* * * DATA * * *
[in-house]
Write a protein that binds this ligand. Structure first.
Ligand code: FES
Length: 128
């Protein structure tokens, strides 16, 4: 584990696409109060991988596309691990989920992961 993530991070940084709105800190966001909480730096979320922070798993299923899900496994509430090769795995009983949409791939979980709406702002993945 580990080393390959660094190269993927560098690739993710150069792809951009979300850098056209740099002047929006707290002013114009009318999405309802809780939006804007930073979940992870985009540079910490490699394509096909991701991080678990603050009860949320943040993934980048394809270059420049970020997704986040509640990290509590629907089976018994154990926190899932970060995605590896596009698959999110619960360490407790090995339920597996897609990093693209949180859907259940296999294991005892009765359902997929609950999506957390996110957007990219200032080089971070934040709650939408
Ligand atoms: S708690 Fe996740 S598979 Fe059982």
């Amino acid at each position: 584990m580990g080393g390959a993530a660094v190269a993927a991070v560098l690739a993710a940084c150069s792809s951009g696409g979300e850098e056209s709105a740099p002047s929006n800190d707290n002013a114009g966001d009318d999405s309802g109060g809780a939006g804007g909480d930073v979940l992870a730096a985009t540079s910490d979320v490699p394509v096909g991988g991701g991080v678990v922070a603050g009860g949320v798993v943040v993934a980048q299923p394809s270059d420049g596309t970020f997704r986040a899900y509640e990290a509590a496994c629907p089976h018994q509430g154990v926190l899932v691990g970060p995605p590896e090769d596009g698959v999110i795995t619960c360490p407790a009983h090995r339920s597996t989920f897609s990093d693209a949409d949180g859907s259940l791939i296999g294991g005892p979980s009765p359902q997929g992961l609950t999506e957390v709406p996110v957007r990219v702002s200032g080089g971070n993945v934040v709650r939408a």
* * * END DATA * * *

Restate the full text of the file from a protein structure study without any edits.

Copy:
[in-house]
Write a protein that binds this ligand. Structure first.
Ligand code: FES
Length: 128
């Protein structure tokens, strides 16, 4: 584990696409109060991988596309691990989920992961 993530991070940084709105800190966001909480730096979320922070798993299923899900496994509430090769795995009983949409791939979980709406702002993945 580990080393390959660094190269993927560098690739993710150069792809951009979300850098056209740099002047929006707290002013114009009318999405309802809780939006804007930073979940992870985009540079910490490699394509096909991701991080678990603050009860949320943040993934980048394809270059420049970020997704986040509640990290509590629907089976018994154990926190899932970060995605590896596009698959999110619960360490407790090995339920597996897609990093693209949180859907259940296999294991005892009765359902997929609950999506957390996110957007990219200032080089971070934040709650939408
Ligand atoms: S708690 Fe996740 S598979 Fe059982």
């Amino acid at each position: 584990m580990g080393g390959a993530a660094v190269a993927a991070v560098l690739a993710a940084c150069s792809s951009g696409g979300e850098e056209s709105a740099p002047s929006n800190d707290n002013a114009g966001d009318d999405s309802g109060g809780a939006g804007g909480d930073v979940l992870a730096a985009t540079s910490d979320v490699p394509v096909g991988g991701g991080v678990v922070a603050g009860g949320v798993v943040v993934a980048q299923p394809s270059d420049g596309t970020f997704r986040a899900y509640e990290a509590a496994c629907p089976h018994q509430g154990v926190l899932v691990g970060p995605p590896e090769d596009g698959v999110i795995t619960c360490p407790a009983h090995r339920s597996t989920f897609s990093d693209a949409d949180g859907s259940l791939i296999g294991g005892p979980s009765p359902q997929g992961l609950t999506e957390v709406p996110v957007r990219v702002s200032g080089g971070n993945v934040v709650r939408a």